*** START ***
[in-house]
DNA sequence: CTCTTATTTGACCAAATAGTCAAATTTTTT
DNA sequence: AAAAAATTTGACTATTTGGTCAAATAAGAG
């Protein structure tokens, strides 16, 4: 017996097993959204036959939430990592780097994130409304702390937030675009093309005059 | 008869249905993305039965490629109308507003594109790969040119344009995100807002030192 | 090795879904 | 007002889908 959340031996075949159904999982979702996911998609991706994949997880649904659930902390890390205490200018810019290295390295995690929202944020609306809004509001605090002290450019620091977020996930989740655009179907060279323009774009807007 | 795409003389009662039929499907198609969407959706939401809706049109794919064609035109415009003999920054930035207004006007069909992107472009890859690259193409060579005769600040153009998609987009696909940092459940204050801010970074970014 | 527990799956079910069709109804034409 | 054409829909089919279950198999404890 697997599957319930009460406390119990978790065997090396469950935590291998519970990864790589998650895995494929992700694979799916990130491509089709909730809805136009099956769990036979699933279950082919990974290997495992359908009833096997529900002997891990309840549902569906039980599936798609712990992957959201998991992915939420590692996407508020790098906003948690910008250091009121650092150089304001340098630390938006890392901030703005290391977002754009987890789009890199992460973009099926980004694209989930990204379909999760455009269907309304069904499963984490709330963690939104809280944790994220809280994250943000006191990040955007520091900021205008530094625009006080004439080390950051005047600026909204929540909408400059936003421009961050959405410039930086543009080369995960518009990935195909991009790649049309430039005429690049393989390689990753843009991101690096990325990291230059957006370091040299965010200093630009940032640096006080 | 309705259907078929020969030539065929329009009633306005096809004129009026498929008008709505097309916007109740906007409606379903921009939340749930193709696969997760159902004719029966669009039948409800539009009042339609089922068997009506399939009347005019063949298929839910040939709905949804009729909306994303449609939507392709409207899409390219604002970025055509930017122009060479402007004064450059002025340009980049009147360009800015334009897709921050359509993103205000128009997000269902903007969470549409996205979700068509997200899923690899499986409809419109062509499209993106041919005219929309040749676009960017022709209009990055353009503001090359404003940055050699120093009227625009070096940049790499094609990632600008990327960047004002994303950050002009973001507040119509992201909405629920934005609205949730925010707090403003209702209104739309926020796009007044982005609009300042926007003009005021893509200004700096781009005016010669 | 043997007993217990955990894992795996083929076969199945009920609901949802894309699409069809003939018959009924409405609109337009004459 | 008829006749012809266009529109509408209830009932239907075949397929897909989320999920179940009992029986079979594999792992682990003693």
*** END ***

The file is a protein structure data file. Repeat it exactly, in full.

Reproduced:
[in-house]
DNA sequence: CTCTTATTTGACCAAATAGTCAAATTTTTT
DNA sequence: AAAAAATTTGACTATTTGGTCAAATAAGAG
């Protein structure tokens, strides 16, 4: 017996097993959204036959939430990592780097994130409304702390937030675009093309005059 | 008869249905993305039965490629109308507003594109790969040119344009995100807002030192 | 090795879904 | 007002889908 959340031996075949159904999982979702996911998609991706994949997880649904659930902390890390205490200018810019290295390295995690929202944020609306809004509001605090002290450019620091977020996930989740655009179907060279323009774009807007 | 795409003389009662039929499907198609969407959706939401809706049109794919064609035109415009003999920054930035207004006007069909992107472009890859690259193409060579005769600040153009998609987009696909940092459940204050801010970074970014 | 527990799956079910069709109804034409 | 054409829909089919279950198999404890 697997599957319930009460406390119990978790065997090396469950935590291998519970990864790589998650895995494929992700694979799916990130491509089709909730809805136009099956769990036979699933279950082919990974290997495992359908009833096997529900002997891990309840549902569906039980599936798609712990992957959201998991992915939420590692996407508020790098906003948690910008250091009121650092150089304001340098630390938006890392901030703005290391977002754009987890789009890199992460973009099926980004694209989930990204379909999760455009269907309304069904499963984490709330963690939104809280944790994220809280994250943000006191990040955007520091900021205008530094625009006080004439080390950051005047600026909204929540909408400059936003421009961050959405410039930086543009080369995960518009990935195909991009790649049309430039005429690049393989390689990753843009991101690096990325990291230059957006370091040299965010200093630009940032640096006080 | 309705259907078929020969030539065929329009009633306005096809004129009026498929008008709505097309916007109740906007409606379903921009939340749930193709696969997760159902004719029966669009039948409800539009009042339609089922068997009506399939009347005019063949298929839910040939709905949804009729909306994303449609939507392709409207899409390219604002970025055509930017122009060479402007004064450059002025340009980049009147360009800015334009897709921050359509993103205000128009997000269902903007969470549409996205979700068509997200899923690899499986409809419109062509499209993106041919005219929309040749676009960017022709209009990055353009503001090359404003940055050699120093009227625009070096940049790499094609990632600008990327960047004002994303950050002009973001507040119509992201909405629920934005609205949730925010707090403003209702209104739309926020796009007044982005609009300042926007003009005021893509200004700096781009005016010669 | 043997007993217990955990894992795996083929076969199945009920609901949802894309699409069809003939018959009924409405609109337009004459 | 008829006749012809266009529109509408209830009932239907075949397929897909989320999920179940009992029986079979594999792992682990003693």